Ableton launched the Push controller in collaboration with AKAI back in 2013. Designed to function inside Ableton Live software, it was an innovative device meant to be treated like an instrument rather than an average MIDI controller. The company soon followed up with the Ableton Push 2 at the end of 2015, and it’s been in play ever since.
What Is Ableton Push?
Push is a 64-pad grid control surface. It can trigger samples and clips as well as Drum Rack beats with seamless Live integration. Players can record live or use the built-in step sequencer. Push also lets you skim through all of your plugins, devices, and samples for implementation in Live. From there, you can use eight rotary knobs to adjust mapped parameters and even get some rudimentary mixing done with the tactile surface.
Ultimately, Ableton designed Push to give artists/producers everything they need to make music right at their fingertips. It helps keep technology “out of the way,” so you can stay locked in the creative flow, minus fussing with the computer/DAW. One of its fantastic features for electronic production is the ability to manipulate samples in a variety of useful ways, right inside the controller.
Ableton Push 2 Expands on the Functionality of Its Predecessor
Not only is Ableton Push 2 functionally superior to 1, but even its design and construction is better. Consider how impressed people were with Push 1, which AKAI helped execute, and imagine everything turned up to 11 on the Push 2—strictly an Ableton device.
Push 2 keeps a lower profile than the original, but gets longer and wider for a larger playable surface. The aluminum faceplate is also a welcomed improvement over the plastic of the Push 1. The LCD display is a massive leap from Push 1’s dated looking interface, and even the new pads alone are worth the upgrade for many users.
Simply put, Push 2 is everything that a new-and-improved release should be and then some. It’s so good that it’s been in version 2 since 2015!
Keep Organized with Color Coding
While working with drums, one of the cool features is being able to individually color code each pad. Simply hold shift and tap the pad you want to change. This can help keep your one-shots visually organized so you always know exactly where you are.
Streamlined Design to Improve Workflow
Everything about Push keeps you focused on the tactile device in front of you and away from the computer screen. As we touched on above, you can cycle through all of your third-party plugins, Ableton plugins, instruments, and more—without ever needing to grab a mouse or swipe a touchpad. Push 2 has its own “touchstrip,” though, which can be used for pitch-bending and creative effects.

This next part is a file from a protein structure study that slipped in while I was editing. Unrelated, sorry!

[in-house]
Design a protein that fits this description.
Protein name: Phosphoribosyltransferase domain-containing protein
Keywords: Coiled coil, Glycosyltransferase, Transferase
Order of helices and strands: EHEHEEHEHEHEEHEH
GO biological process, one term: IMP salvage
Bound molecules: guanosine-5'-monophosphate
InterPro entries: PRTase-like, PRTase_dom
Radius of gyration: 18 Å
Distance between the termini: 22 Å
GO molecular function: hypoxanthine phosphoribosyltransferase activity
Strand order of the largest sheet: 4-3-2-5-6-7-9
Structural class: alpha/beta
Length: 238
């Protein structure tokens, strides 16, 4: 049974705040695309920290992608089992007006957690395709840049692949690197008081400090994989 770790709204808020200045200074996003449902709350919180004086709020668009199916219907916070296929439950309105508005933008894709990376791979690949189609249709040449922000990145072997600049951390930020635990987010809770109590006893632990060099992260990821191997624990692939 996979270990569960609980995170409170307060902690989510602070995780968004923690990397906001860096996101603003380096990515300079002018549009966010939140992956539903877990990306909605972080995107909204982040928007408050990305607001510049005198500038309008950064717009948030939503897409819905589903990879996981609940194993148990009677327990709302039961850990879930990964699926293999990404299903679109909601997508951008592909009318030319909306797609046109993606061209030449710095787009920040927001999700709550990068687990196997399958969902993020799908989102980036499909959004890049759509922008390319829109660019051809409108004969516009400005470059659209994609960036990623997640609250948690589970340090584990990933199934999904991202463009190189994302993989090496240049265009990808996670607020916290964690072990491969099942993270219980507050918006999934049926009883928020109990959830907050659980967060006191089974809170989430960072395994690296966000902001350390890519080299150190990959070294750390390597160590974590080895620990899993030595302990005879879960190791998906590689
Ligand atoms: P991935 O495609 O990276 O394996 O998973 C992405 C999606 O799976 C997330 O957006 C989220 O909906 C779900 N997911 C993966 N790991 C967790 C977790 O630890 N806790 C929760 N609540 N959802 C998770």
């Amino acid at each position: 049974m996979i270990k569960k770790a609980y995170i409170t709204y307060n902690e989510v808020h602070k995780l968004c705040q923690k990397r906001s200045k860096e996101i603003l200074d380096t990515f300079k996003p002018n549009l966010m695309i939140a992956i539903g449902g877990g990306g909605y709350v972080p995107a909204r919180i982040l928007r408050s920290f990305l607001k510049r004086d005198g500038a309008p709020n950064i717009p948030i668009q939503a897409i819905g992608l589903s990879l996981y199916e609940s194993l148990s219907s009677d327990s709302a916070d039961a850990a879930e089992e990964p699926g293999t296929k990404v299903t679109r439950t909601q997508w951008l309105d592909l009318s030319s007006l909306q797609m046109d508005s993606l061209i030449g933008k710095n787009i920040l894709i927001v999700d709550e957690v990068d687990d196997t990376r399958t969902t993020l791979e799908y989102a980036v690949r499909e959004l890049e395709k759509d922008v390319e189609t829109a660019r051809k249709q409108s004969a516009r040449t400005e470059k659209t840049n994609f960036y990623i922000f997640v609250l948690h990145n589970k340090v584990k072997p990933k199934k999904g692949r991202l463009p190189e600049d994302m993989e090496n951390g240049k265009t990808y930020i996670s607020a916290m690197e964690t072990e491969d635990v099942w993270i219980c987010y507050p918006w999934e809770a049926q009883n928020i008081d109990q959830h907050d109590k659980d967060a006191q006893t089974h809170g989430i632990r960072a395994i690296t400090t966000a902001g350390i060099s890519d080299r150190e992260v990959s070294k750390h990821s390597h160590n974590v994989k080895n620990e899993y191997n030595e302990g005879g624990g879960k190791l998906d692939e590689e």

Top-of-the-Line Pads that Play with Ease
The buttons and pads have been wonderfully reinvented to play elegantly and musically. They’re nearly flush with the instrument’s top panel for a slick feel. As far as the pads go, they’re made from soft silicone and are diligently calibrated to capture and send signal at any velocity. The RGB back lighting is the icing on top.
Ableton Push Drawbacks and Limitations
One of the biggest limitations is not having support for the Arrangement View in Ableton Live. That means you’ll still have to pull up to computer to finalize arranging and sequencing your work. This isn’t the worst thing in the world, but it does indicate that Push 2 isn’t a be-all-end-all tactile control surface for Live.
Another potential drawback is the fact that Push 2 is basically Ableton Live exclusive. It performs optimally in Live, and to make the absolute most of it, you wouldn’t want to use it in other DAWs. There are far less expensive alternatives if you don’t use Live. However, buyers should know that going in.
Will There Be an Ableton Push 3?
In September 2020, the Push 3 rumor mill started doing what it does. Forums across the web suggested that Ableton would drop a new Push sometime in 2021, which, of course, was not the case. Unfortunately there are no definitive plans for a Push 3 release; however, it seems safe to assume Ableton is developing some sort of new hardware to stand alongside Live. Whether that’s a Push 3, or something new altogether, remains to be seen.
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